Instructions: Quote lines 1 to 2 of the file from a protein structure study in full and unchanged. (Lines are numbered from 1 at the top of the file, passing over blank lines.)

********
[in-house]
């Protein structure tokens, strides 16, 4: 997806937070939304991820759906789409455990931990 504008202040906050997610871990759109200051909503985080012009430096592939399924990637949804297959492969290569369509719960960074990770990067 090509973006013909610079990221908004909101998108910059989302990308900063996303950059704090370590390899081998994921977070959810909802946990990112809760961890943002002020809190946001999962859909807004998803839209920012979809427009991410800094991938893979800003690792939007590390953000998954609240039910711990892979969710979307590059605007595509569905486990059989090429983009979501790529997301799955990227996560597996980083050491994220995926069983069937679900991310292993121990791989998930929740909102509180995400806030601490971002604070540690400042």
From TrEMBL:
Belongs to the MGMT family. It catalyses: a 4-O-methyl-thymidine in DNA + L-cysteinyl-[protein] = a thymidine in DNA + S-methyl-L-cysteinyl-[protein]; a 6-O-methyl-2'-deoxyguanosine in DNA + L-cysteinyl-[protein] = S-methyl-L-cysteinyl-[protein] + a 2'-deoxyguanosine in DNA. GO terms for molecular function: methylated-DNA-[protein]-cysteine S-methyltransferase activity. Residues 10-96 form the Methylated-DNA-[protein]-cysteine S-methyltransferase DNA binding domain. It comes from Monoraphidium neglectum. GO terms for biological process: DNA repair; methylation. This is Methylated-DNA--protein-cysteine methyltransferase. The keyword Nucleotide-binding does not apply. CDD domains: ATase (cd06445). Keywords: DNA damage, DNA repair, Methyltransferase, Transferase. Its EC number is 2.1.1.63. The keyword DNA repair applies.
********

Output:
[in-house]
């Protein structure tokens, strides 16, 4: 997806937070939304991820759906789409455990931990 504008202040906050997610871990759109200051909503985080012009430096592939399924990637949804297959492969290569369509719960960074990770990067 090509973006013909610079990221908004909101998108910059989302990308900063996303950059704090370590390899081998994921977070959810909802946990990112809760961890943002002020809190946001999962859909807004998803839209920012979809427009991410800094991938893979800003690792939007590390953000998954609240039910711990892979969710979307590059605007595509569905486990059989090429983009979501790529997301799955990227996560597996980083050491994220995926069983069937679900991310292993121990791989998930929740909102509180995400806030601490971002604070540690400042």